From the NY Times: Sprawling Memphis Aims to Be a Friendlier Place for Cyclists
"Bike-friendly behavior has never come naturally to Memphis, which has
long been among the country's most perilous places for cyclists. In recent
years, though, riders have taken to the streets like never before, spurred by
a mayor who has worked to change the way residents think about commuting.
"Mayor A. C. Wharton Jr., elected in 2009, assumed office a year after Bicycling
magazine named Memphis one of the worst cities in America for cyclists, not
the first time the city had received such a biking dishonor. But Mr. Wharton spied
"In 2008, Memphis had a mile and a half of bike lanes. There are now about
50 miles of dedicated lanes, and about 160 miles when trails and shared
roads are included."
Read the entire article here.
On Sunday February 10, the very last day of the Environmental Film Festival,
The contributions of Oswald Veblen, "to Princeton University and to the IAS, like
those to the academic scene in general, were enormous." A brief obit is here. He
Getting back to nature, the upcoming PEFF talk about Veblen's farmstead and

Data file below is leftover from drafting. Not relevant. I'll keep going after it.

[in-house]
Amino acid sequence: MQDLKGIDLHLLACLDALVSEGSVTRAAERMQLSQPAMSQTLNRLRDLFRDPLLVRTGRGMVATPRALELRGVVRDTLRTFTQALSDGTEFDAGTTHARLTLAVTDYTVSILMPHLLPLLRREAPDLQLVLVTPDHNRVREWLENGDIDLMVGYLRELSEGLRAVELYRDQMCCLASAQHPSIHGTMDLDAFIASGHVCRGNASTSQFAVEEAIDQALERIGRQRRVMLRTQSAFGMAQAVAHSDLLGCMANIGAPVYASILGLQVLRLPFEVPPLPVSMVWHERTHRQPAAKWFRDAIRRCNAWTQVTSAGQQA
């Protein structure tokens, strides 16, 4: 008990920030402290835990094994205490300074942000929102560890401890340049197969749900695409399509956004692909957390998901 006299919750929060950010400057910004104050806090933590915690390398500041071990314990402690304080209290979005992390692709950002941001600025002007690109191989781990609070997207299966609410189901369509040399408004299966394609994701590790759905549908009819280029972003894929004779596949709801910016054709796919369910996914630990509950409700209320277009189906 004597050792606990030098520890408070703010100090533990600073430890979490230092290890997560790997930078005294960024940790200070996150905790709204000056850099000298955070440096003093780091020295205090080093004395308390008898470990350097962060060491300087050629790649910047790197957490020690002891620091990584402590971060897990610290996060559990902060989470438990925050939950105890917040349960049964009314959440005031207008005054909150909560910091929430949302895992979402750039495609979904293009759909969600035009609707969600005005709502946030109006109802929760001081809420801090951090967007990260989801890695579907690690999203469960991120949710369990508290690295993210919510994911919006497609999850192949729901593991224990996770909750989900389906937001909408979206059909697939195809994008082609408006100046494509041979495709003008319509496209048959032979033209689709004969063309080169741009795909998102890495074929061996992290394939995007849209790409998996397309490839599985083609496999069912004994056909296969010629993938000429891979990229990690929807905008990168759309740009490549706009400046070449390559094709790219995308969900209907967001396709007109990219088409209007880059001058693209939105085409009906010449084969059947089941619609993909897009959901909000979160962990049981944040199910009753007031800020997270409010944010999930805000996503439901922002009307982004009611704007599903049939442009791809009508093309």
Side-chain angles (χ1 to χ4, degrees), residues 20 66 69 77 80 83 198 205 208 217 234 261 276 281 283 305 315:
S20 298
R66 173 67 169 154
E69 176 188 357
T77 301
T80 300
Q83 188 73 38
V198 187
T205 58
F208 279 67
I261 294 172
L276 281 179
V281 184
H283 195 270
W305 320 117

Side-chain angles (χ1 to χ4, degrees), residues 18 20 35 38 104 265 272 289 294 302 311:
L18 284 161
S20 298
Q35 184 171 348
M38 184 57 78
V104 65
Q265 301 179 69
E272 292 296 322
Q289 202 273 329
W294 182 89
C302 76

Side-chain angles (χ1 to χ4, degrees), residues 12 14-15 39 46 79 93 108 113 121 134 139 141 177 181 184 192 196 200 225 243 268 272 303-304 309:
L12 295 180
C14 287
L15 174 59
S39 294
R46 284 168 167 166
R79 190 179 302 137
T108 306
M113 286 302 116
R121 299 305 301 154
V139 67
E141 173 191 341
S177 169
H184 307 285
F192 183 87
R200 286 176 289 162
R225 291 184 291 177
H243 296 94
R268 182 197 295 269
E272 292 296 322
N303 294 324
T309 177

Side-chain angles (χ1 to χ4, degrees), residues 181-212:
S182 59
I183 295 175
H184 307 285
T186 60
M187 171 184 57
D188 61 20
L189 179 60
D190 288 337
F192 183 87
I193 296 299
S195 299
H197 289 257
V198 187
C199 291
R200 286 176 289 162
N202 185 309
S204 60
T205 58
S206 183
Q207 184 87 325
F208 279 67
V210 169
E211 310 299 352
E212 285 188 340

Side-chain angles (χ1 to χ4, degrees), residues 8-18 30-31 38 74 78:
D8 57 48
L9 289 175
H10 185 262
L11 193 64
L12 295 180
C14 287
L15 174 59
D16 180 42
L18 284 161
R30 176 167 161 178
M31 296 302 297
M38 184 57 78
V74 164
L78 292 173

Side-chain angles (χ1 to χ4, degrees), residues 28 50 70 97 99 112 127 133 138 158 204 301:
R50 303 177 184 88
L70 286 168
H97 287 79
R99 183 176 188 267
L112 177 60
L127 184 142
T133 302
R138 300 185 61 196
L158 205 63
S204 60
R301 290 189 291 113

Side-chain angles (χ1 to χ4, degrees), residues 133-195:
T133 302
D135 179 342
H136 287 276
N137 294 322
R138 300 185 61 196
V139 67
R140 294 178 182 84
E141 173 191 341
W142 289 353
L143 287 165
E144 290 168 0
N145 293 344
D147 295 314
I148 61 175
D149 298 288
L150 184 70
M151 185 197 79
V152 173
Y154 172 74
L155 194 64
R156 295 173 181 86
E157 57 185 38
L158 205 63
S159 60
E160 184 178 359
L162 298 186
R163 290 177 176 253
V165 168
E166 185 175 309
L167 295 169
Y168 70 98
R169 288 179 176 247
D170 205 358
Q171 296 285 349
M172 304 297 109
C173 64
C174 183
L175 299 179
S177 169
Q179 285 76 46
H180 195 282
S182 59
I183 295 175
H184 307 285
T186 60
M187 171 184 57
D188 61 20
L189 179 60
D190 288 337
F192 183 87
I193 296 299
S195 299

its future is bound to be informative. This map shows the location of his house.
In its vicinity is seen, as a diagonal line in the bottom left corner, the right-of-way of
a future trail which will allow pedestrian/bike travel between VanDyke and Bunn Drive
(in that satellite image, the yellow circle is the water tower; the yellow arrow points
in the direction of the nearby Veblen house).
Some background is in this news article. The trail runs along a sewer right-of-way
for roughly half a mile, with a start/end elevation difference of around 80 feet. At
the moment it isn't really that passable, due to downed trees, patches of mud, etc.
While the entrance from the upper (Bunn Drive) end has yellow pylons and is
obvious, the connection to VanDyke at the lower end either isn't built yet, or else
might be a connection to the pavement next to Trinity All Saints cemetery.
Finally, having mentioned in a previous post the connection between Oswald Veblen
and bike safety, now may be a good time to bring his uncle Thorstein (1857-1929),
the noted economist/sociologist, into the discussion. It seems highly probable that
I'll be encountering champagne in the near future, and champagne is often cited
as the perfect example of a Veblen good - "a high-status, exclusive item ... which
remains appealing to certain consumers as long as prices remain high or increase"
Another good example of a Veblen good could be a limited-edition racing bicycle.
But in this era of general belt-tightening ? A cheap & cheerful bike, green belt included.